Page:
Horror as a genre was not very hot when it came to the directors in the Telugu industry. But thrillers and horror films are something that have become the new-age cinema for Telugu audiences as the success of A Film by Arvind has proved. Mantra too falls into a similar genre. What sets it apart from the earlier mentioned film is the suspense it maintains as to whether it's a supernatural element or a human hand that kills people in the spooky villa named Mantra Nilayam.
Well, does it scare? The film makes no pretensions. The best thing about the film is that it does try too hard to establish anything. The director just lets the events flow and that is where the strength of the film lies. The story simply takes you around and the viewer simply goes along trying to figure out who is behind all the scary deaths at Mantra Nilayam.
The film starts off with the director trying to establish the background of Mantra (Charmme), as a hapless girl who is caught in a debt trap. Left with no means to repay, she tries to find buyers for her farmhouse. However, given the mysterious deaths that take place there and its spooky locales, there are no buyers, barring an unknown professor who has a sole condition. The deal is that if Mantra gets people to stay for at least three months, the professor promises to buy the property. So, begins her sojourn of trying to find tenants for the house.
Here comes Hero (Sivaji, yes his character's name is Hero), who is the sidekick of an extortionist. Finding a lucrative deal in the farmhouse, he offers to stay in the house along with his friends. But it's not before long, that his friend Muniswamy (Chitram Srinu) is murdered. Naturally, Hero now has a reason to find out what's behind the unnatural incidents taking place at Mantra Nilayam, apart from getting a cut in Charmme's profit. What happens next is for you to find out, naturally.
As for the cast, credit goes to Charmme, for doing a role, which is least patronizing to any leading lady. It has lots of substance, but does not have the glamour quotient that the commercial heroines cannot do without. So, you have Charmme at her no-make-up best and wearing clothes a la a girl next door. She is slim in some outfits, but looks quite plump in others. But the effort is to make her look as real as possible and the director and Charmee succeed only too well. She does act her part perfectly as the simple working girl, faced with a crisis, which in turn puts her face to face with death. She comes off as a girl who has the spirit to figure out what's happening, instead of shrieking at the word go.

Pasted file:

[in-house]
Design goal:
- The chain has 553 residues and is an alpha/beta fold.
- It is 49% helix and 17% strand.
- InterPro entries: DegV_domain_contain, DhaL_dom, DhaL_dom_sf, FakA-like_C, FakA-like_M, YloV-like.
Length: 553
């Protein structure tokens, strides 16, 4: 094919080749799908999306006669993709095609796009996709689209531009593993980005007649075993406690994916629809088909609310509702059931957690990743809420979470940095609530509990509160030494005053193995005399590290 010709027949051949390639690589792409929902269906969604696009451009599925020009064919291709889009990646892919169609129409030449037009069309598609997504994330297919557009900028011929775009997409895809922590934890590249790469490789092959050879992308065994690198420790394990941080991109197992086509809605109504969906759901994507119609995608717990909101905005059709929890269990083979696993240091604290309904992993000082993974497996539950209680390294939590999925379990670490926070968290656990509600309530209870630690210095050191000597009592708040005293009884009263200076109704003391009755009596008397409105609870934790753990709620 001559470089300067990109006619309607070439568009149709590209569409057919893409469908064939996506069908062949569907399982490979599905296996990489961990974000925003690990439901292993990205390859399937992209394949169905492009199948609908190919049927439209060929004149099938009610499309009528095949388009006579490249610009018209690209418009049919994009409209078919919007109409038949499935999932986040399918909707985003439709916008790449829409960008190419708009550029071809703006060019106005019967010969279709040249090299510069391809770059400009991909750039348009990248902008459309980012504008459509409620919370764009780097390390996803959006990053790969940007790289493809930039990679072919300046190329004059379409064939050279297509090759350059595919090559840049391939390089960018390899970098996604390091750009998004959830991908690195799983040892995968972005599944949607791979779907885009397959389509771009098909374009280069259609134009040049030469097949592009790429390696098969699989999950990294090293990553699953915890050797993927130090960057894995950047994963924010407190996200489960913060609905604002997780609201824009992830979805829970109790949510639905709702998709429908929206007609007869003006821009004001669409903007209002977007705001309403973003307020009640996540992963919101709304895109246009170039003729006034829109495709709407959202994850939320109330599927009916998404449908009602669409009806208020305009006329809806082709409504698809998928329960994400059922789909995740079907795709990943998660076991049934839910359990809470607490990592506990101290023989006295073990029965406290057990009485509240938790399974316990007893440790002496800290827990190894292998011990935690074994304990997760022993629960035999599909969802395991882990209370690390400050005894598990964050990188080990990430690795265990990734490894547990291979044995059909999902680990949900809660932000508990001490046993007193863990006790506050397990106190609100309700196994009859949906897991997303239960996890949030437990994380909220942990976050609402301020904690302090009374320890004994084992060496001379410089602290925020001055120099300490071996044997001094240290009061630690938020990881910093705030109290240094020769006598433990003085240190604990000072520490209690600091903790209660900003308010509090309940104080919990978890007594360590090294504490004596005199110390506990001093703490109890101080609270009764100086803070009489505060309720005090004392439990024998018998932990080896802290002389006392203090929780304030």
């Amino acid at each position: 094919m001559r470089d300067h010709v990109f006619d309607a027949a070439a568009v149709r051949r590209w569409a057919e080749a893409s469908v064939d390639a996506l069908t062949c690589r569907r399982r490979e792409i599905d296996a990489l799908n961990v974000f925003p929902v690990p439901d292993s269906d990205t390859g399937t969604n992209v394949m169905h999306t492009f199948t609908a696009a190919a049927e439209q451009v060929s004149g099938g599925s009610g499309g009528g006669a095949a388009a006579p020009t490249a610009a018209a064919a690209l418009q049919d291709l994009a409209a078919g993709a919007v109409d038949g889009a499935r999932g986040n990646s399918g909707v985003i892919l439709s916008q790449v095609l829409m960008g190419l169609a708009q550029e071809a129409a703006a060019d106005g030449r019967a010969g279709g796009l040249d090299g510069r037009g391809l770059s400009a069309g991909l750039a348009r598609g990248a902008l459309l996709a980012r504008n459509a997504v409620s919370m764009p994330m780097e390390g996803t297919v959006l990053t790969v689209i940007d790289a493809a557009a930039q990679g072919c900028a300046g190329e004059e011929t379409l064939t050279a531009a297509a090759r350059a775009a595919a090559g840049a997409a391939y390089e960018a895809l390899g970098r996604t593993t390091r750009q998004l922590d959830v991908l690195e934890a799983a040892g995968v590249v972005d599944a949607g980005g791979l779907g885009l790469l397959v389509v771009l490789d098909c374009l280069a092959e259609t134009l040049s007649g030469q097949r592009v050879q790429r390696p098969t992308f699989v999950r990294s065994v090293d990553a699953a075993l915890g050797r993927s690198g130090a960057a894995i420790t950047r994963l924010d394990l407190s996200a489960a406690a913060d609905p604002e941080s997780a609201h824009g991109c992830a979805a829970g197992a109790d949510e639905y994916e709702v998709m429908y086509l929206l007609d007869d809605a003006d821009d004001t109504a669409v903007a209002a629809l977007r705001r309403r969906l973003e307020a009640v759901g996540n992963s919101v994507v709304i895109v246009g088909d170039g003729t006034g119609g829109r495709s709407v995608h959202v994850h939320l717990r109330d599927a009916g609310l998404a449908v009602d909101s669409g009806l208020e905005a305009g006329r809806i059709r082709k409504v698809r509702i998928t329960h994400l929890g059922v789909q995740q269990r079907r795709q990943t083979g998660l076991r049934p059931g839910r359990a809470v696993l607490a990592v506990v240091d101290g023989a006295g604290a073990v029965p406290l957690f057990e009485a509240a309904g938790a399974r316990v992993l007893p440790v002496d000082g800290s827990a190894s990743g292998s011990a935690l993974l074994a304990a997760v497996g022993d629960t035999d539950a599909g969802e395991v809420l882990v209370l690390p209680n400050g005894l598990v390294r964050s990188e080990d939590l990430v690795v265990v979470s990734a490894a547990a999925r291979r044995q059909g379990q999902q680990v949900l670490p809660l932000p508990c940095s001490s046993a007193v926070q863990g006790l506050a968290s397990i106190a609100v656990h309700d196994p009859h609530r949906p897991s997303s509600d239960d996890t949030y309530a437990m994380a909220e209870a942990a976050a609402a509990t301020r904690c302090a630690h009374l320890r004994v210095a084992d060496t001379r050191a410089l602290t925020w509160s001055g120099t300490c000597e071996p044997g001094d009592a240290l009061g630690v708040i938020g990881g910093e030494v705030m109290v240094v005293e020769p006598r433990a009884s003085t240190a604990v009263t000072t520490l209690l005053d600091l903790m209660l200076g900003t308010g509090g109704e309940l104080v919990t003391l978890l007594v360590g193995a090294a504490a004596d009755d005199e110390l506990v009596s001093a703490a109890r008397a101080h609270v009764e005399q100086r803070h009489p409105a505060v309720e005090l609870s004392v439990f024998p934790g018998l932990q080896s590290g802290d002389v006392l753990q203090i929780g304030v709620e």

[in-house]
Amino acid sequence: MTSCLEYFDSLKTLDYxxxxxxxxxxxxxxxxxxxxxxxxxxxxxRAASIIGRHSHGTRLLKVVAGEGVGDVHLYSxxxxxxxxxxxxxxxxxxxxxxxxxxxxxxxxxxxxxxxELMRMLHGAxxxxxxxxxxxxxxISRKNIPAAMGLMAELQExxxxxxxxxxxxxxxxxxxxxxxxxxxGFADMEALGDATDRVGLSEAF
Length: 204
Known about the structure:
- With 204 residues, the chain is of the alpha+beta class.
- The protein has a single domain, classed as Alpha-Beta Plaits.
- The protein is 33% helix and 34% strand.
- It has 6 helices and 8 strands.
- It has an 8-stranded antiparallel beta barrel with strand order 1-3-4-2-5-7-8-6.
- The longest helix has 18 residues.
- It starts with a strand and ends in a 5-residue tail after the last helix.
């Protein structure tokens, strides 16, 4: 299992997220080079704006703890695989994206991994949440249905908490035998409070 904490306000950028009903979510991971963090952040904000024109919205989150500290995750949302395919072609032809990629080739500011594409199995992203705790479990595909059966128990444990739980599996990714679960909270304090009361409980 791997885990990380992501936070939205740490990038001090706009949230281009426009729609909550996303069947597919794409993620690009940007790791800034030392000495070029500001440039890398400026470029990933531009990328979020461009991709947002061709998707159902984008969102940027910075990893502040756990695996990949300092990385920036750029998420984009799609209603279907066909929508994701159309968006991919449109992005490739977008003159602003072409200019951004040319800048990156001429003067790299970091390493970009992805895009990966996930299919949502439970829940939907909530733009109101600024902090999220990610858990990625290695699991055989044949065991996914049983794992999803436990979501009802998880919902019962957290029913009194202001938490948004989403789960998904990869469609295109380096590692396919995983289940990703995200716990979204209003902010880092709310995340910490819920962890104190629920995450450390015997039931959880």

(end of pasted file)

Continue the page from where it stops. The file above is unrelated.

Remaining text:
Sivaji, Kausa, 'Chitram' Srinu, Jeeva, all play their parts convincingly. Thanksfully, none of them go overboard.
The credit has to go to the director to keeping the characters realistic and not indulging in cheap thrills by including unnecessary characters or sequences that would mar the flow of the film. Even when it comes to the characterization of Charmme or Sivaji, he does not go overboard and simply tackles them as two individuals facing a common crisis. Another strong point is the lack of hysterical shrieks and high-pitched drama that is usually associated with films of such genre. Even the climax is rounded off rather crisply.
Cinematographer Sivendra and music director Anand don't let down Thulasi Ram and come up with good work to keep up the film's impact. Of course, we have seen some shots in A Film by Arvind earlier, but they are nevertheless well-done and that's where Mantra scores.
The picturisation of the songs is a huge disappointment though. When you listen to the audio, you tend to imagine exotic locales and saucy visuals, but what you get is a rather cheesy number, shot tackily with unknown faces. Even the Maha maha number, does not go beyond what was shown in th